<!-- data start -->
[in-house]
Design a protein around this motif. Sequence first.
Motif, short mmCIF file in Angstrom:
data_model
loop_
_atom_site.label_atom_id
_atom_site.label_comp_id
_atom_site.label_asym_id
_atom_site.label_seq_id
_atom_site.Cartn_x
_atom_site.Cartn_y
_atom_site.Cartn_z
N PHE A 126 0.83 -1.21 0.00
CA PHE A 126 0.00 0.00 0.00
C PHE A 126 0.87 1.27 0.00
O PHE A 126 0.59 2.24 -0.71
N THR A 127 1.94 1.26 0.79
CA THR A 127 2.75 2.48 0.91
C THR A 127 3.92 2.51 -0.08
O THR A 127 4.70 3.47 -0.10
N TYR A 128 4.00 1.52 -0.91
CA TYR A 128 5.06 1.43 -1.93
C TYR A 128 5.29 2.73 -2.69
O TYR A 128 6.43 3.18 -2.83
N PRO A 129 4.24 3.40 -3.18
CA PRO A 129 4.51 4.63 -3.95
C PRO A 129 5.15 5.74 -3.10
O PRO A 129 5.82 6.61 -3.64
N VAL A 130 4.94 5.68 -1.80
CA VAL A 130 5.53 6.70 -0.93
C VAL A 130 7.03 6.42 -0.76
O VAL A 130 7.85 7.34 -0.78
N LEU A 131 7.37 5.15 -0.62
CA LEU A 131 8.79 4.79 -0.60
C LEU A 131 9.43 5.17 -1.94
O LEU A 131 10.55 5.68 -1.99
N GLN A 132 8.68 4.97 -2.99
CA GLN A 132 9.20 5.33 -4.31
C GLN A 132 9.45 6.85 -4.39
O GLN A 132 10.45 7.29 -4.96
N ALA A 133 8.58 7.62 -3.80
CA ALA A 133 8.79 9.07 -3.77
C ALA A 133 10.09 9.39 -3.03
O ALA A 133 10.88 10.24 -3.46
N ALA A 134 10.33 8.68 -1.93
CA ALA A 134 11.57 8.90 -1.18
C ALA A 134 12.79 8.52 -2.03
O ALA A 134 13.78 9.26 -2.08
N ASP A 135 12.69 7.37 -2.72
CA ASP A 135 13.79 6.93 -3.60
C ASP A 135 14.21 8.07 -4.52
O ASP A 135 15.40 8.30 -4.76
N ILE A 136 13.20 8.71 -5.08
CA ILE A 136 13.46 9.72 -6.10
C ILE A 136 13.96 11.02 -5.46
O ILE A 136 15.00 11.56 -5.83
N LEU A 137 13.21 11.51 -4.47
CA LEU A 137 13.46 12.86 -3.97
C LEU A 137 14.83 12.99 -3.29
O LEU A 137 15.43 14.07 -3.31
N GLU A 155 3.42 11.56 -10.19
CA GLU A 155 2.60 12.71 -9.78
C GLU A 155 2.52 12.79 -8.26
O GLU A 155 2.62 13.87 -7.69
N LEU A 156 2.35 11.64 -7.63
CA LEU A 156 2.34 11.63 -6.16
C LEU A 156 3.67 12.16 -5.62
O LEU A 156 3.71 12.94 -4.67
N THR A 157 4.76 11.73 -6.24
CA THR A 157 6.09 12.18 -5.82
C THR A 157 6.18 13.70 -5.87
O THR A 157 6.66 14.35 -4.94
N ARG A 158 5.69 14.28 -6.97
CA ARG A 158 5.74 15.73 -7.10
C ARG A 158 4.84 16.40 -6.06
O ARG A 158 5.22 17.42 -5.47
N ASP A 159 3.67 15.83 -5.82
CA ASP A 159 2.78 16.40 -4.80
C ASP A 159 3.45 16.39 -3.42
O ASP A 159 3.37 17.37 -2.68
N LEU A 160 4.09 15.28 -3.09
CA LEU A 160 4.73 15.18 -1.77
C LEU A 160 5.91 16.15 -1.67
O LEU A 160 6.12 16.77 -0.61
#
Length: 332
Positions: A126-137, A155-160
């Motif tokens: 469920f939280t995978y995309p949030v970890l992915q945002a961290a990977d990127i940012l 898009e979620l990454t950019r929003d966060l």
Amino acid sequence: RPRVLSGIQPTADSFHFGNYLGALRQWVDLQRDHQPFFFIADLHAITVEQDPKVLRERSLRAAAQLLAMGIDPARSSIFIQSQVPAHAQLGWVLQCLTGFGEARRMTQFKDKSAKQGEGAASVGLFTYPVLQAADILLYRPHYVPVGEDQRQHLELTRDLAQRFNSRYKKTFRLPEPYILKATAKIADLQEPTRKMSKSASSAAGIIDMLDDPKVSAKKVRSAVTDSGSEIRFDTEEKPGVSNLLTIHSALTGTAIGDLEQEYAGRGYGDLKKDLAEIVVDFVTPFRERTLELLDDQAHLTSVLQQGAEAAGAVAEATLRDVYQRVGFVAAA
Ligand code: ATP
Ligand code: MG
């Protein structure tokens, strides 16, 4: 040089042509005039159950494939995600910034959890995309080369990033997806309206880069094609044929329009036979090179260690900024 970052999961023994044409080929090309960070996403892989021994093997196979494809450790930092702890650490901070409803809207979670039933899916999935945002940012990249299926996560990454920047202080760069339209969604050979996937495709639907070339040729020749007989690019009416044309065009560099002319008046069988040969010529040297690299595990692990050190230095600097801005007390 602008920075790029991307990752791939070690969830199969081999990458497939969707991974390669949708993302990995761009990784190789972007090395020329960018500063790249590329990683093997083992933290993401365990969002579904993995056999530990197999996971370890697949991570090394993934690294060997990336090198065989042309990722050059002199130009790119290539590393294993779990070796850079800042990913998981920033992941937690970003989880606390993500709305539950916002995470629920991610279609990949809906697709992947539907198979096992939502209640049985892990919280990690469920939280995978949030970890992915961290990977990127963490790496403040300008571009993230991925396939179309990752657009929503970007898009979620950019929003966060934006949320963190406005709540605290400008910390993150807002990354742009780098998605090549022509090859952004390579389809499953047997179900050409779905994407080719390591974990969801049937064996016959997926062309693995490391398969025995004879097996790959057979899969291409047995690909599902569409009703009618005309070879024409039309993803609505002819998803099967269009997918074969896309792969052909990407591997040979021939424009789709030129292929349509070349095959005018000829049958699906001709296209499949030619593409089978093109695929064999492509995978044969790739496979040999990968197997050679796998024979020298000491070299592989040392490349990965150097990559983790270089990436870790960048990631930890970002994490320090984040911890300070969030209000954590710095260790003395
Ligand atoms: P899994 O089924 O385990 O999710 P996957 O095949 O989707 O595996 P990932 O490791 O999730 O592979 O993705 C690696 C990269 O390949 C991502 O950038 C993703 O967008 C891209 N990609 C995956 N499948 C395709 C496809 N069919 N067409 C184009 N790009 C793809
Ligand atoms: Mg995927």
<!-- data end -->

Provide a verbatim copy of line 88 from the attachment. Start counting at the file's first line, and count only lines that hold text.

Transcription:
């Motif tokens: 469920f939280t995978y995309p949030v970890l992915q945002a961290a990977d990127i940012l 898009e979620l990454t950019r929003d966060l």